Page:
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“Others will have greater skill for getting the breath of life to spring from bronze more fluidly .... But as for you, Roman, remember to impose your power upon nations. Your art is to decree the rules of peace, to spare the vanquished and subdue the vainglorious,” advised Virgil in the Aeneid, placing himself in the service of imperial ideology (1). This was the reign of Augustus (27 bce–14 ce), the first and among the most influential of Roman emperors, who enlisted literature and the arts in support of the new order.
Art of the Roman Empire, from Romulus to Constantine the Great, a period of more than 1,000 years, was expansive and diverse like the Empire itself but left few records of artists or patrons (2). Influenced by the Etruscans, the preceding dominant culture in Italy, and the Hellenistic world through colonies in southern Italy and Sicily, its growth awaited the evolution of political institutions during the latest period of Republican history (3). Before the conquest of Syracuse, wrote Plutarch, a leading thinker of the Empire’s golden age, “Rome neither had nor even knew” of these refined things, “nor was there in the city any love of what was charming and elegant; rather it was full of barbaric weapons and bloody spoils” (4).
Hellenistic influences continued as artists were brought to Rome to repair crumbling monuments and design new ones. Hellenic bronze statues were widely copied, usually in marble. Classicism gave way to a more realistic style, particularly in portrait busts, which were very popular. Art became secular and utilitarian. Architecture flourished on a grand scale, and the vault and dome were invented. Augustus is said to have boasted that he “found Rome of brick and left it of marble” (5). The discovery of concrete made possible such monumental buildings as the Pantheon in Rome, which still stands. The triumphant arch, also an invention of the period, exemplified Roman civic and commemorative architecture.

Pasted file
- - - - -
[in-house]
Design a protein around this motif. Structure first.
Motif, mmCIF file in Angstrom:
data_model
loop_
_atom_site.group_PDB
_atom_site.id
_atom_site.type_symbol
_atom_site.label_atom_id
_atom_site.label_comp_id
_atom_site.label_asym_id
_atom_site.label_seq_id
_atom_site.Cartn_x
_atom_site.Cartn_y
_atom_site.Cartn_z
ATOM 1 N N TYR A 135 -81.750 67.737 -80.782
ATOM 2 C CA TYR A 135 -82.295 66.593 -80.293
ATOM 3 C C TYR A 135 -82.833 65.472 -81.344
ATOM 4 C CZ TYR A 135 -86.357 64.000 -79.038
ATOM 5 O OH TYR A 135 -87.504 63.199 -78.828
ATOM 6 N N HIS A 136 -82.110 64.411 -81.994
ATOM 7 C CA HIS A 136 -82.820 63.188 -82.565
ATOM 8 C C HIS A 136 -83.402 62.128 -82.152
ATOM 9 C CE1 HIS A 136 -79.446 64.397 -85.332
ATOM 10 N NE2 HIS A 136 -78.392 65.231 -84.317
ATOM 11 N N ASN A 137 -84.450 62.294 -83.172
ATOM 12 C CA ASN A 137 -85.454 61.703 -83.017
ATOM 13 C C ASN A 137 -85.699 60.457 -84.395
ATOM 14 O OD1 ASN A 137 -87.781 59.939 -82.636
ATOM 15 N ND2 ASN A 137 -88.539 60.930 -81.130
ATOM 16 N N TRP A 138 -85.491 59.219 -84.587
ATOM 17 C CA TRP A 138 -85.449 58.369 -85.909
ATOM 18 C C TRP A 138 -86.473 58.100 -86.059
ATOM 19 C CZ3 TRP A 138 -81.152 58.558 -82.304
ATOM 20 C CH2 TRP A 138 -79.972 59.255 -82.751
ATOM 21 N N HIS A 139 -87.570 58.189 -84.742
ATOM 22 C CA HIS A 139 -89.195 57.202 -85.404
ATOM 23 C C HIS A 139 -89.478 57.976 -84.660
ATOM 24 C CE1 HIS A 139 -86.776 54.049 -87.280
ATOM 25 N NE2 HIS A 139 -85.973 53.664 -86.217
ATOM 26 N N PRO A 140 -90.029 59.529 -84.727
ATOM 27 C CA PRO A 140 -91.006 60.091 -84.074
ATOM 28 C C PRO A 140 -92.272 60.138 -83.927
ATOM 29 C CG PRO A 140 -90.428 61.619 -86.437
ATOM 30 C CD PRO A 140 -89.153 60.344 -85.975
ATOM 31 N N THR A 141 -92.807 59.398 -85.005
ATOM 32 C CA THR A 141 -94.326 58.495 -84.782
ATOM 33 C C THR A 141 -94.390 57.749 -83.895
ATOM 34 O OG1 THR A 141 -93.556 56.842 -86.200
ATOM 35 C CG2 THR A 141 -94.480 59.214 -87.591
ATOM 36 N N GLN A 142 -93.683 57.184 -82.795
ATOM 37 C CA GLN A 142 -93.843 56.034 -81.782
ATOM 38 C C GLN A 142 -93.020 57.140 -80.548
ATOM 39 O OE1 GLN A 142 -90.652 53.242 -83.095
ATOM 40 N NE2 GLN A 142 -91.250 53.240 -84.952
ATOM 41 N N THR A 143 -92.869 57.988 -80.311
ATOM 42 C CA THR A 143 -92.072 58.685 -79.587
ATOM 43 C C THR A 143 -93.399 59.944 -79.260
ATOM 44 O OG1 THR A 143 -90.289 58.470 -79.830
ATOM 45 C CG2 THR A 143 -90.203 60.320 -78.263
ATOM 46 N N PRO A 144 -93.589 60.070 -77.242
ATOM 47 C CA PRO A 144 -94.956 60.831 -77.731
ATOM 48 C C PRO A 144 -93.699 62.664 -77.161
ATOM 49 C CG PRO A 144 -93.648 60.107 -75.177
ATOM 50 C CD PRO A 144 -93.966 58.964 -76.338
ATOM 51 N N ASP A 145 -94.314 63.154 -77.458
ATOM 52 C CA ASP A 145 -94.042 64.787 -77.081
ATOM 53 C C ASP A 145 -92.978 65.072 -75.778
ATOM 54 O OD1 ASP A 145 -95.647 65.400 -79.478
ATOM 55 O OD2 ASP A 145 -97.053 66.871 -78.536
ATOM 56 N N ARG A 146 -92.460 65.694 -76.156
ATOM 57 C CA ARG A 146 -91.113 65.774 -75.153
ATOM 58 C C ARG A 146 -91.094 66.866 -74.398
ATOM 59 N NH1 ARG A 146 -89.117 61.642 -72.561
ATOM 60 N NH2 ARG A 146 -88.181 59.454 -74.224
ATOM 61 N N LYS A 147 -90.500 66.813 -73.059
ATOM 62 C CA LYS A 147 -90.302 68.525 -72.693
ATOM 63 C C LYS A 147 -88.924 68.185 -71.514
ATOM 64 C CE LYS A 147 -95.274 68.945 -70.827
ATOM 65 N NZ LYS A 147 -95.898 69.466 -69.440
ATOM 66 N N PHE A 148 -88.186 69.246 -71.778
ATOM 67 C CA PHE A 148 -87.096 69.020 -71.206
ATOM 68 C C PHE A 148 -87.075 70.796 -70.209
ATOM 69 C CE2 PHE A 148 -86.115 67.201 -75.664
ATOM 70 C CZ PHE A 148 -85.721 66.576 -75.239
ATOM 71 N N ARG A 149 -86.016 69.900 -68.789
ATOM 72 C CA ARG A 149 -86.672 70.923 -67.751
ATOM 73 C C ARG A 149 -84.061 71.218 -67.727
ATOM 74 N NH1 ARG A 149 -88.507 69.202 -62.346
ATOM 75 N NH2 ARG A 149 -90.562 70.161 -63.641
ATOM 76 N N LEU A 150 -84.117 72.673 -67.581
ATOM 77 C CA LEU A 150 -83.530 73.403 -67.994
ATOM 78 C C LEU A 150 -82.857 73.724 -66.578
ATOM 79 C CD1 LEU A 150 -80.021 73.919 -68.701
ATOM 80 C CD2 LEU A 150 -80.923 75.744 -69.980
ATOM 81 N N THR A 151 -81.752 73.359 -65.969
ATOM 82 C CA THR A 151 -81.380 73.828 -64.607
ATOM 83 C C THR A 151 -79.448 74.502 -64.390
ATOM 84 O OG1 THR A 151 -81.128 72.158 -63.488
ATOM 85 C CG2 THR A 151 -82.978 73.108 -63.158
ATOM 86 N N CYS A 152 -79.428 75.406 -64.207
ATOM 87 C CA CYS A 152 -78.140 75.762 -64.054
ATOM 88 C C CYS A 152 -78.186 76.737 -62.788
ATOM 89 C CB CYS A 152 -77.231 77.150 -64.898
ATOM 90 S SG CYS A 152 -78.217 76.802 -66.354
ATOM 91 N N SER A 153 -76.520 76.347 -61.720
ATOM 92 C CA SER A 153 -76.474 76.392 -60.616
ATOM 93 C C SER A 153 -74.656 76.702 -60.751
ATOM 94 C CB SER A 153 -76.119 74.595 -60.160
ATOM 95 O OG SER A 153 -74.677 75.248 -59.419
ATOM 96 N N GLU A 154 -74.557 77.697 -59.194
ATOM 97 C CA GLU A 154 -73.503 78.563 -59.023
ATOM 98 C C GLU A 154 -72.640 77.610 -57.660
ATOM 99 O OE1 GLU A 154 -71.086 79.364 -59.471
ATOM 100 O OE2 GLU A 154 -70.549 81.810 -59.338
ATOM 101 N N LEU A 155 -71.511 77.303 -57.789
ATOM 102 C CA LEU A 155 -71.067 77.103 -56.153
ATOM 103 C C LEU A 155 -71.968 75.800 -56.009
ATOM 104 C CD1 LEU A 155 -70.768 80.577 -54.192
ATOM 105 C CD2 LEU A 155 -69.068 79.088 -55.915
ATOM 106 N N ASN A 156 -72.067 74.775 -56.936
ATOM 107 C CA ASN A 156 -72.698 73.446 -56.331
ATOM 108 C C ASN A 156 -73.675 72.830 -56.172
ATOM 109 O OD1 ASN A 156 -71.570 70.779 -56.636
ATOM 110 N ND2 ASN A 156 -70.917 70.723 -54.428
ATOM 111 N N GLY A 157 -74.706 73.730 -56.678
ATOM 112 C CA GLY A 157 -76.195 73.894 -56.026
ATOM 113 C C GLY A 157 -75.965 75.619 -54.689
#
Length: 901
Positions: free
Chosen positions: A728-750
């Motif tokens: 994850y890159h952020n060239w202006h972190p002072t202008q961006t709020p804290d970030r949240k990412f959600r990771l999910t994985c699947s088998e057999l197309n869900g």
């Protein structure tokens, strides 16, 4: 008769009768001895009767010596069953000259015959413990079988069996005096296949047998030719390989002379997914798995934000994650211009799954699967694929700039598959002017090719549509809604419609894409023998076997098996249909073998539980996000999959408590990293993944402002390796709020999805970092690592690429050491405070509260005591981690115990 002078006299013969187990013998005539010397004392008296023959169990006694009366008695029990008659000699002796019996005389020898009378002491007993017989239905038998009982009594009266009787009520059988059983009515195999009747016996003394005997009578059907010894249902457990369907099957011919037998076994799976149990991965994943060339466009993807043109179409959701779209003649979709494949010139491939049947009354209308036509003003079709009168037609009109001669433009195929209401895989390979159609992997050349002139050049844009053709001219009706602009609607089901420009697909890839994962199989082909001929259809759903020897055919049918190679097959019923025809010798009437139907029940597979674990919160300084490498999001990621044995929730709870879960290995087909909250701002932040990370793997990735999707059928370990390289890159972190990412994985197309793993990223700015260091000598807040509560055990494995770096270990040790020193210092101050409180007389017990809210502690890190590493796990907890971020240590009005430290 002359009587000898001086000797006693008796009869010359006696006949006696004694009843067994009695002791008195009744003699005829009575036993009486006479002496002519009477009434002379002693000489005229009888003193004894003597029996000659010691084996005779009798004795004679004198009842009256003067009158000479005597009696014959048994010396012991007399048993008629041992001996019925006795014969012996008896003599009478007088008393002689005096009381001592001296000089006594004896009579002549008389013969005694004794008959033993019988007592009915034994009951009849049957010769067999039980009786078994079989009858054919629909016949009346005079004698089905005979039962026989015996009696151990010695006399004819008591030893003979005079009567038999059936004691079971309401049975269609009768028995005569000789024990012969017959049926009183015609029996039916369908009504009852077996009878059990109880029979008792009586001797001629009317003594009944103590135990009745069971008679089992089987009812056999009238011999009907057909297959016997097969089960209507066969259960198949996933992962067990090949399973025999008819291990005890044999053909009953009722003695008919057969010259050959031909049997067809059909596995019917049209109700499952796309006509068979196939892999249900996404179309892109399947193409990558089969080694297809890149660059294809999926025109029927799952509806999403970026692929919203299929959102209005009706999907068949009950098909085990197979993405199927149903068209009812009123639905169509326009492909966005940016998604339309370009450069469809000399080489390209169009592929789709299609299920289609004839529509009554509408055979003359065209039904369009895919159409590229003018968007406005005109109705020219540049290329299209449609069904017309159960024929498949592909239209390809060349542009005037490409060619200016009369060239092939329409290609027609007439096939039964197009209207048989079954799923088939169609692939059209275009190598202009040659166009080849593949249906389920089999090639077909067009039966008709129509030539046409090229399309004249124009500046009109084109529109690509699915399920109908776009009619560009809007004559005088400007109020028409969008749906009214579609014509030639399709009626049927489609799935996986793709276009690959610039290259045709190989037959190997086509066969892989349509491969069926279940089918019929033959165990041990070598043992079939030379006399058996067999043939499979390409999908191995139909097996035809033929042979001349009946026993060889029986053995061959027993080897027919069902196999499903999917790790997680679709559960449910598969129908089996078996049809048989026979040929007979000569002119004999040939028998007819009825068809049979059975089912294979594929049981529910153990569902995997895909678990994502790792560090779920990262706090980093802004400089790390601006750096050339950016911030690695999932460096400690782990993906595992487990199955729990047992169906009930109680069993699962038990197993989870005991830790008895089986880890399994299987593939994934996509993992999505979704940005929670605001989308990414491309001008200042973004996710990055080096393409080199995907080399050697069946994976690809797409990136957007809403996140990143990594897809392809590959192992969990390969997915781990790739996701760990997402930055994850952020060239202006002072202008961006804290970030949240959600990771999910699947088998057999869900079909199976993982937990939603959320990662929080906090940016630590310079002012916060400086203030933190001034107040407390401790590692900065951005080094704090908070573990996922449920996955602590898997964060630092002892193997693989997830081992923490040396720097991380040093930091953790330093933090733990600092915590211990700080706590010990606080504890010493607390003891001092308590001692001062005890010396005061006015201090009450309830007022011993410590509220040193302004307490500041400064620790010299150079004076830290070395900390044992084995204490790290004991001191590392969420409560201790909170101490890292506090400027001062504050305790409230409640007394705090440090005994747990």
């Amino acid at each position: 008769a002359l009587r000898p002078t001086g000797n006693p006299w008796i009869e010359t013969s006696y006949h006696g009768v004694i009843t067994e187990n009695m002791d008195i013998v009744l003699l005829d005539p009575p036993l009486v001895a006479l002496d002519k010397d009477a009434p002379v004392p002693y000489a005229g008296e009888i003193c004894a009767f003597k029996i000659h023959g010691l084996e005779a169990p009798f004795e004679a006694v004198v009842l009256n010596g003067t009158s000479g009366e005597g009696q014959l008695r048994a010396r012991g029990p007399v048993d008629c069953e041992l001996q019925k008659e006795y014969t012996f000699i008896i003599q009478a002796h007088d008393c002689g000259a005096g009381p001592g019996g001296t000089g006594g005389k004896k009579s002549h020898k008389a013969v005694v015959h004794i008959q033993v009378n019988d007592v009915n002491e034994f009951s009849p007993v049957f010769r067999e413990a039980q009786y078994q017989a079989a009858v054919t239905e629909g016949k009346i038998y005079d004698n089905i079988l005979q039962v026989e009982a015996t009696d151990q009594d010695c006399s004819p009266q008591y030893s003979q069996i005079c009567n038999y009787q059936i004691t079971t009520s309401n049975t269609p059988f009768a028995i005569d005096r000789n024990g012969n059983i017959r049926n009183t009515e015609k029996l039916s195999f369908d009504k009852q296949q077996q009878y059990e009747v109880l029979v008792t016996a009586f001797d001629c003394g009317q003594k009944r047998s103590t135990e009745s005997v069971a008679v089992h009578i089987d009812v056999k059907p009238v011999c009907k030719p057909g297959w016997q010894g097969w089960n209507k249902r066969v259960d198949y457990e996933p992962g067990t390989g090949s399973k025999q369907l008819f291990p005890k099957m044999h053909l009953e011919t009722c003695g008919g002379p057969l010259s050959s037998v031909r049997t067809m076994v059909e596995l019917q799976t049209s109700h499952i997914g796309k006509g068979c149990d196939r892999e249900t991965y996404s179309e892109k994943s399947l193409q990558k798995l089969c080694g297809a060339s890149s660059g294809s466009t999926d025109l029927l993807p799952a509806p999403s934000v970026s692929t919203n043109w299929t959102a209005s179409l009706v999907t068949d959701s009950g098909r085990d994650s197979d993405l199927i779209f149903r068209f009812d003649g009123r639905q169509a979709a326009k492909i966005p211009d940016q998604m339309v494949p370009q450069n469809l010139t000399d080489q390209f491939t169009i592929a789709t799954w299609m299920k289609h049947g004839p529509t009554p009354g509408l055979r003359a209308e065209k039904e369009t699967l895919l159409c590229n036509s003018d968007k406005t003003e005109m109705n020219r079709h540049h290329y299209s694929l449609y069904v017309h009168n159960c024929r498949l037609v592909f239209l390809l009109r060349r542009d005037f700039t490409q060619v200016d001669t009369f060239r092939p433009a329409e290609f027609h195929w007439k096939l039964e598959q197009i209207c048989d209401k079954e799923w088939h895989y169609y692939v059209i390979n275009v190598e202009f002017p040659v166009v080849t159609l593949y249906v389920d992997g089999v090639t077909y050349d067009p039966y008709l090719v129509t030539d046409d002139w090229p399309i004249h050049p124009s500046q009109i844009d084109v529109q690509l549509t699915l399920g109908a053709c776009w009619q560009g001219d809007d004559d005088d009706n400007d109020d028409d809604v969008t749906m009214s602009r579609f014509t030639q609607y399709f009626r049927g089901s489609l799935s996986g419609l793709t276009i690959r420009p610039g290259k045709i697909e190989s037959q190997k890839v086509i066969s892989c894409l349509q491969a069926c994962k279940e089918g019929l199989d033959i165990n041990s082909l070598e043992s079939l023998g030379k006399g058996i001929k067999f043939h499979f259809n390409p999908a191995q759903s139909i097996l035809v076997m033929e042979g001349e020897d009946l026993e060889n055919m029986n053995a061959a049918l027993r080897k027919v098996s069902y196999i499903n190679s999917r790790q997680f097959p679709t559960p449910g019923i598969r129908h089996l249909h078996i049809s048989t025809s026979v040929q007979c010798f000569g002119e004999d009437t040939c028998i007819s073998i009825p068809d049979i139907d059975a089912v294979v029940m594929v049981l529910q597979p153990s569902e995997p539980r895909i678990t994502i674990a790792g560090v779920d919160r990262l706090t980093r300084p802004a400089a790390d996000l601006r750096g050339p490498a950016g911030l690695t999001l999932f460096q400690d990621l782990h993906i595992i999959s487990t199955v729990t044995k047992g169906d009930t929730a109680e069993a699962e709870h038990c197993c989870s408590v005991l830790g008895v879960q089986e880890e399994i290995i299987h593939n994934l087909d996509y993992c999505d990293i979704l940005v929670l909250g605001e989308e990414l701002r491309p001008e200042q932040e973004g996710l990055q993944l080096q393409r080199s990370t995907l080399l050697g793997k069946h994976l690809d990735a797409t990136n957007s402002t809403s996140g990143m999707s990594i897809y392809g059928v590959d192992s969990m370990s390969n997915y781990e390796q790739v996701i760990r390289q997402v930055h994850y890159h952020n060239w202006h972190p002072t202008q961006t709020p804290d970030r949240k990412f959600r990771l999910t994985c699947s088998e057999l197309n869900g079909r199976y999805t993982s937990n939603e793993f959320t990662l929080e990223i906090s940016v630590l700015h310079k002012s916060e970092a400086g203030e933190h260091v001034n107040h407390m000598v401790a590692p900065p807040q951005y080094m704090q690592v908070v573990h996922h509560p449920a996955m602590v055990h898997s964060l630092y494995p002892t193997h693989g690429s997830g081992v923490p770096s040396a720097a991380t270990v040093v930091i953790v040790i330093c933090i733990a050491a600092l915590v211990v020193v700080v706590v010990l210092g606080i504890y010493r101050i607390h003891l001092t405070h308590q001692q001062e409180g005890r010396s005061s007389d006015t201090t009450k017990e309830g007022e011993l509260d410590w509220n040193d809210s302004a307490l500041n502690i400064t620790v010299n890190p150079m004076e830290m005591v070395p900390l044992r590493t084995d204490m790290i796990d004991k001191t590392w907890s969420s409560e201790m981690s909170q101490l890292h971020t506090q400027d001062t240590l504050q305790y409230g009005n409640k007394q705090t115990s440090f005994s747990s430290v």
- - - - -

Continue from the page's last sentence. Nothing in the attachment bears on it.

In the Augustan era, sculpture still showed the idealism of Hellenic models, even relief sculpture: shallow three-dimensional carvings on arches, friezes, altars, and other flat areas of temples and public buildings. But the content of reliefs favored the historical and commemorative, intending to narrate in detail triumphant military campaigns and promote the goals of the Empire. In his Ars Poetica, Horace supported this philosophy, as he argued the superiority of painting over any other form of communication to affect and manipulate: “Less vividly is the mind stirred by what finds entrance through the ears than by what is brought before the trusty eyes, and what the spectator can see for himself” (6). Public art of the Empire aimed to “write conquerors and conquered in one community” (7).
The remains of an altar believed to have been set up in the Campus Martius by Domitius Ahenobarbus, father of Emperor Nero, provide a glimpse into civic commemorative art of the Empire. The Campus Martius (Field of Mars) was a public area of Rome used for military activities; as such, it was dedicated to Mars, god of war and father of Romulus and Remus, legendary founders of the city. The month March (Martius) was named after him, and the Romans called themselves “sons of Mars.” The Campus later became the site of triumphant parades and celebrations and was filled with temples and public buildings.